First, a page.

THE high Australian dollar and competition from other manufacturers is causing serious damage to Bundaberg-based aircraft producer Jabiru.
Business manager Sue Woods said Jabiru used to employ 25 people, but that was down to about 16.
Where it once operated two assembly lines, there was now one.
When Jabiru started out about 20 years ago, the aircraft was one of a kind in the aviation industry.
But Ms Woods said there were now about 100 companies competing with them worldwide.
And because of the high Australian dollar, Jabiru was having difficulty matching prices.
"When the Australian dollar was 70 cents against the US dollar we used to sell planes like hot cakes," she said.
"There's a lot of factors against us (now)."
Ms Woods said when the exchange rate was in Jabiru's favour the company would sell about 10 kits and 10 built aircraft a month.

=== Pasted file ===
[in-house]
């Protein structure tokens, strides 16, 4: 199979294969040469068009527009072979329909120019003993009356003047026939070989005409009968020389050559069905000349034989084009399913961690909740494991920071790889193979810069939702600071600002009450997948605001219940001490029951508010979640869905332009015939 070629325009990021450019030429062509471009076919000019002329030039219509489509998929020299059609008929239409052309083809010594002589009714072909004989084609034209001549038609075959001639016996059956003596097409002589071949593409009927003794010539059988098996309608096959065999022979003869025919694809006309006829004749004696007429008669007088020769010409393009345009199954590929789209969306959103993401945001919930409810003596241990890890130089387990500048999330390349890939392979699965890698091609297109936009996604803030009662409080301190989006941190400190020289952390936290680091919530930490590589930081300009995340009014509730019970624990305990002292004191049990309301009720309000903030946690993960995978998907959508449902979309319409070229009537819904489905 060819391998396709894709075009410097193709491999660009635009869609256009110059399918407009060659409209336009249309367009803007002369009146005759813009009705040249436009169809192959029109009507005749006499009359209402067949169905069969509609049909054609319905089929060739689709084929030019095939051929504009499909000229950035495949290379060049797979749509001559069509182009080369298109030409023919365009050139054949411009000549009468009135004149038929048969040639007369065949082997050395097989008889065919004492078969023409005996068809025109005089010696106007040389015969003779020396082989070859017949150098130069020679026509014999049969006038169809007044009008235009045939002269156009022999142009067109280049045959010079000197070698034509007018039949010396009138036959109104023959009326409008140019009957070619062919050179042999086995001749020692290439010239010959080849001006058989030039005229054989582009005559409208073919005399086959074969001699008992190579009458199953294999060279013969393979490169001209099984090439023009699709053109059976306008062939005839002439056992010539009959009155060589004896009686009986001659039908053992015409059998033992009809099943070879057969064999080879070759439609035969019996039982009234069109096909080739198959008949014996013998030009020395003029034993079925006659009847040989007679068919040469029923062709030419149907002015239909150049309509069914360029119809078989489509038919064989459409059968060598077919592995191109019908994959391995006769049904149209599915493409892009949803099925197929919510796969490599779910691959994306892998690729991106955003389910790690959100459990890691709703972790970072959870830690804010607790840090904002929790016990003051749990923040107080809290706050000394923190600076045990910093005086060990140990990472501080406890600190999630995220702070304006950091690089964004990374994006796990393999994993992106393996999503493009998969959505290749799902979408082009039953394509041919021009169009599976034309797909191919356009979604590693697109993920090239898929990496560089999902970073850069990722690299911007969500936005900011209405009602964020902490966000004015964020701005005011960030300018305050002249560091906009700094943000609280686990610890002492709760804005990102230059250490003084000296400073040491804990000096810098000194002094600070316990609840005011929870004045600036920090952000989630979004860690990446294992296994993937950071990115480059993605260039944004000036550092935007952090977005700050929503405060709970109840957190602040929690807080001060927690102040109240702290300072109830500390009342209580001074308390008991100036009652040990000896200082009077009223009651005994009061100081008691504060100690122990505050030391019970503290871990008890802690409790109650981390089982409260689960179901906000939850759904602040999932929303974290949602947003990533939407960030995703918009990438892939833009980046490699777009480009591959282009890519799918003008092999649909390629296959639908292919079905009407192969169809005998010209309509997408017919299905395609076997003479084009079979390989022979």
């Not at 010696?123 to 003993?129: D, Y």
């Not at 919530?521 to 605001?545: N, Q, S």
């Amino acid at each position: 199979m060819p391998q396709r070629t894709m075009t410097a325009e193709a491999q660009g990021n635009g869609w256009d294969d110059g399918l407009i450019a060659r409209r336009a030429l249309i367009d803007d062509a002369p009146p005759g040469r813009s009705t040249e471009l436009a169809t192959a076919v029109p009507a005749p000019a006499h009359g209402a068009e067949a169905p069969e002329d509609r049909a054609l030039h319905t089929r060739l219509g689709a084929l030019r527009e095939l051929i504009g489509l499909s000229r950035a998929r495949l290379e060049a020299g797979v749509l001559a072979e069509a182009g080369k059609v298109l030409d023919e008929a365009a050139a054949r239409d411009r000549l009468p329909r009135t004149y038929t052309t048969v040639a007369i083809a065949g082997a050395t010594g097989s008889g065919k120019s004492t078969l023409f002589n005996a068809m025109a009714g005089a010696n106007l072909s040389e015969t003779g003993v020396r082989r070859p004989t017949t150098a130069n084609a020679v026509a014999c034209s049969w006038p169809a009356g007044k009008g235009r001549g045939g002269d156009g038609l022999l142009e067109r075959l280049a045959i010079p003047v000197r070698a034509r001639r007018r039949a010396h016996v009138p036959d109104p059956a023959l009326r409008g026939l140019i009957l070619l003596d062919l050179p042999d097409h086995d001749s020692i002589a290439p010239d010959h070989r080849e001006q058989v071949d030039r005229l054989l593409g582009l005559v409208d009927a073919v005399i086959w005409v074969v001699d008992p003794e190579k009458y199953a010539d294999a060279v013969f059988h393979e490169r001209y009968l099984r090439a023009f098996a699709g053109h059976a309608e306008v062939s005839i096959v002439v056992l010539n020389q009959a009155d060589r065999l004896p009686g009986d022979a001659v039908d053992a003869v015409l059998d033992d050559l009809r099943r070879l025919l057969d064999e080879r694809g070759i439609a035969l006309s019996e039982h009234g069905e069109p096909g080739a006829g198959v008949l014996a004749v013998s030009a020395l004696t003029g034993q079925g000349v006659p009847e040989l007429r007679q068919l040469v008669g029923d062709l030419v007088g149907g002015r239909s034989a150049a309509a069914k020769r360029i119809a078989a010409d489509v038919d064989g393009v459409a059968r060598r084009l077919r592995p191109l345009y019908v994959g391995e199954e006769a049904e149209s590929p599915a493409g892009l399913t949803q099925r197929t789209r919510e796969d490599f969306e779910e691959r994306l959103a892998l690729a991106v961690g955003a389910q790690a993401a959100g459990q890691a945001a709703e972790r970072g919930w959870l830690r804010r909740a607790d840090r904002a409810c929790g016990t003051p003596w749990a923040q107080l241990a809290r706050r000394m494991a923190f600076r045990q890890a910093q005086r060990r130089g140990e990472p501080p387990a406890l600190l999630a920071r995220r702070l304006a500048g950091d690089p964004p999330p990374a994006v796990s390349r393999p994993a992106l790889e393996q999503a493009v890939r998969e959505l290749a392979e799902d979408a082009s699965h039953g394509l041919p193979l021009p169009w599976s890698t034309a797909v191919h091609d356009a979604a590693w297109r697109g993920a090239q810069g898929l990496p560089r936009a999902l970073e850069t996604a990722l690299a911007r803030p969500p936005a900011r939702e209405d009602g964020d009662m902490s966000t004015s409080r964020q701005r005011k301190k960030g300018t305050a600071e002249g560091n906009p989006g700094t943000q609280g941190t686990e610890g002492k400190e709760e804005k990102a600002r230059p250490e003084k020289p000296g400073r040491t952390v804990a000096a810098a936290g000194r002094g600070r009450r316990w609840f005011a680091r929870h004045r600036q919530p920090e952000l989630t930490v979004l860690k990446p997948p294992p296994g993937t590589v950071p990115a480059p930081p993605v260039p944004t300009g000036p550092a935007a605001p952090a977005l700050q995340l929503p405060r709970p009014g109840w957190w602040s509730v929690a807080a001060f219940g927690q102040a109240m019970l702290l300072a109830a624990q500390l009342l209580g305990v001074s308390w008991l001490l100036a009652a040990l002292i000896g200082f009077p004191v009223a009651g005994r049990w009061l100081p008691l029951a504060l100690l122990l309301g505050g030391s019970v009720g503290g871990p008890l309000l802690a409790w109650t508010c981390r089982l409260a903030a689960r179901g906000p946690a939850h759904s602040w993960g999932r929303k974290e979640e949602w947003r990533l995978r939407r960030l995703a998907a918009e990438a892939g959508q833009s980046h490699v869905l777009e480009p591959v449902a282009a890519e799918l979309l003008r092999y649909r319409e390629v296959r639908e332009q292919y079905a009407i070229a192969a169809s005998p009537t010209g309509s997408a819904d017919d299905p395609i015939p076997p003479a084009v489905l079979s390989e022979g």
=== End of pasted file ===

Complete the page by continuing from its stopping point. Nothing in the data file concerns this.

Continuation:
"Now we're lucky if we get one a month out the door," she said.
Ms Woods said tough financial times around the world were also having an effect.
"Boys' toys are just not top of the shopping list any more," she said.
"Last year was pretty dismal. We've got to see how this year turns out."
The price of Jabirus starts at about $56,000, with the top of the range costing $95,000.
Buyers also usually add about $10,000 worth of accessories.
Despite the difficulties, Ms Woods said there was no prospect of the Jabiru operation closing down completely.
There are about 800-1000 Jabiru flying worldwide.
"There are a lot of aircraft out there that need support," Ms Woods said.
"There's a healthy need for spare parts out there."
CQUniversity senior lecturer in aviation Ron Bishop said it was sad to see Jabiru in difficulties.
"When they started they were trendsetters," he said.
"But last year Cessna came out with a model to compete with them."
Mr Bishop said before Jabiru started up it would have been very expensive to buy an aircraft.
"When Jabiru started it meant upper average income earners could own an aircraft," he said.
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